Pacific Islands Forum should consider China security ties, say Samoa and NZ

The Pacific Islands Forum meeting taking place on May 29 in Fiji's capital city of Suva. PHOTO: AFP

WELLINGTON (REUTERS) - China's bid to set up a security pact with Pacific island countries should be considered by a regional forum, the leaders of Samoa and New Zealand said on Tuesday (June 14), weeks after the Solomon Islands sparked uproar by signing a deal with China.

The Pacific islands and their old allies, including the United States, Australia and New Zealand, were caught off guard by the Solomon Islands' security pact with China as it pushes to expand its influence in the region.

"The issues need to be considered in the broader context of what we have in place and what we want to do in terms of security provisions for the region," Samoa's Prime Minister Fiame Naomi Mata'afa told a news conference with her New Zealand counterpart Jacinda Ardern, referring to the Pacific Islands Forum.

Leaders of the forum's members are due to meet in mid-July in Fiji, their first in-person gathering since 2019.

China has dismissed criticism of its pact with the Solomon Islands, saying it poses no military threat and closer ties benefit everyone, and is promoting a proposal for a region-wide deal with almost a dozen Pacific countries covering policing, security and data communication cooperation.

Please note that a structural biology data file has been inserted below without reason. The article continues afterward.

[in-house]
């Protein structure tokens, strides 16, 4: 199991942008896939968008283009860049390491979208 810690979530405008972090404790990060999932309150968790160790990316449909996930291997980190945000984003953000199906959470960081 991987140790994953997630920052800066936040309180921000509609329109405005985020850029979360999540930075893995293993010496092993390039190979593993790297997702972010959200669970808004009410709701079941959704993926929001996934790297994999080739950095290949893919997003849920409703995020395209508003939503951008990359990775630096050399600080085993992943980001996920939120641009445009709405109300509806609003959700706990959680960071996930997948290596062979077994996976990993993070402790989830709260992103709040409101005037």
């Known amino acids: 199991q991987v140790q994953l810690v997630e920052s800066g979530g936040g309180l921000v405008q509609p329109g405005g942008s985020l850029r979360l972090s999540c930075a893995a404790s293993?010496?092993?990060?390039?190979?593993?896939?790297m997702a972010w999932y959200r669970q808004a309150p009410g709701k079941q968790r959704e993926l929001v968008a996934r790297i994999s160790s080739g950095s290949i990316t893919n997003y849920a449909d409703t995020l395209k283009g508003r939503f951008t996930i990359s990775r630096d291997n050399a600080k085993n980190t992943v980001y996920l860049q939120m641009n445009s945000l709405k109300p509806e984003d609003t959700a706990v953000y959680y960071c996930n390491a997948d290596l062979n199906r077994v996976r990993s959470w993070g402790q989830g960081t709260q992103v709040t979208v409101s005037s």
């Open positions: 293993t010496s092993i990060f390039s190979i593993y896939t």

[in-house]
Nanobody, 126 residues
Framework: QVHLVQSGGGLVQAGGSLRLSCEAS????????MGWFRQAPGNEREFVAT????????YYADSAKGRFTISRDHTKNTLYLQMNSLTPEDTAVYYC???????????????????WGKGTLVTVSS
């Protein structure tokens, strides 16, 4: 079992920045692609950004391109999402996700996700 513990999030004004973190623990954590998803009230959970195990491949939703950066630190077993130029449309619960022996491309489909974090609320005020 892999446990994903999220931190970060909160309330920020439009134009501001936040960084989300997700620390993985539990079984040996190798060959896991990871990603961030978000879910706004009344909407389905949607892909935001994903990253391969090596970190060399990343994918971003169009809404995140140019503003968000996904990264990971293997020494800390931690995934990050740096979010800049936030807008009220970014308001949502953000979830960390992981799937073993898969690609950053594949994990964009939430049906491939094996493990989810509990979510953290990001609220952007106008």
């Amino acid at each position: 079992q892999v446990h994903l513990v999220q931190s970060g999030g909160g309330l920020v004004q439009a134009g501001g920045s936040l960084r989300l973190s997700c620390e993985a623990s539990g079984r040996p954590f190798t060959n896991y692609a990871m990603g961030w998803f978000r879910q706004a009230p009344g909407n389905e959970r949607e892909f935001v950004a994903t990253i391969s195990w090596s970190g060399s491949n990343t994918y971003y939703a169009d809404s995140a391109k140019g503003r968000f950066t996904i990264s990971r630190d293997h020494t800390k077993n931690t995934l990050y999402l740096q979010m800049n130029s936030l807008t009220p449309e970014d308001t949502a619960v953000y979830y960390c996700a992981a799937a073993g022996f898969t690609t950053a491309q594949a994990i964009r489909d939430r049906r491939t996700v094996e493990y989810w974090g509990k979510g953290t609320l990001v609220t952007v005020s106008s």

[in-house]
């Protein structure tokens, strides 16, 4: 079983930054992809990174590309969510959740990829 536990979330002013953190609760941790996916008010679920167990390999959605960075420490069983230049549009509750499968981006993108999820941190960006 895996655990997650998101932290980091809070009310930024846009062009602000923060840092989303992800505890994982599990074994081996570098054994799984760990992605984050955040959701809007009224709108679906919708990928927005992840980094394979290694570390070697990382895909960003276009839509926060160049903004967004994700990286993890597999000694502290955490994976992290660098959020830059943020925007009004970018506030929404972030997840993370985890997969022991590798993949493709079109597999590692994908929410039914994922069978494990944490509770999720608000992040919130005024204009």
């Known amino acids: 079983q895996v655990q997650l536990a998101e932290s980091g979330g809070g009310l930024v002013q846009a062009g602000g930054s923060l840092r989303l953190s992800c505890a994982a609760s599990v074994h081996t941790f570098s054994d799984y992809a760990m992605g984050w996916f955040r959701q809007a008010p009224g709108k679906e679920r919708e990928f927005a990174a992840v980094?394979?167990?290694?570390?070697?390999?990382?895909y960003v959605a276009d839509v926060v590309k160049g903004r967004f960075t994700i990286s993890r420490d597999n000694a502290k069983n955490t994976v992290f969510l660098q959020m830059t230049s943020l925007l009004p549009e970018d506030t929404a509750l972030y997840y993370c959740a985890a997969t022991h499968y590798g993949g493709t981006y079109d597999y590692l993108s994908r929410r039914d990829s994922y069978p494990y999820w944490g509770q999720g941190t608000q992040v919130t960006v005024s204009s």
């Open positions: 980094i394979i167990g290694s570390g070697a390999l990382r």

Pacific leaders discussed the proposal with a top Chinese official last month but they have not agreed to it.

"The decision was that the group of countries felt that the appropriate modality of consideration of these kinds of proposals need to be passed through the forum secretary," Ms Mata'afa said.

Ms Ardern also said that under regional agreements, the Pacific Islands Forum was where security should be discussed.

"As a forum we will come together, we'll discuss these issues, we'll of course, hopefully build consensus," she said.

But consensus on the question of China is likely to remain a challenge when four members of the forum - Palau, the Marshall Islands, Nauru and Tuvalu - recognise Taiwan rather than Beijing.

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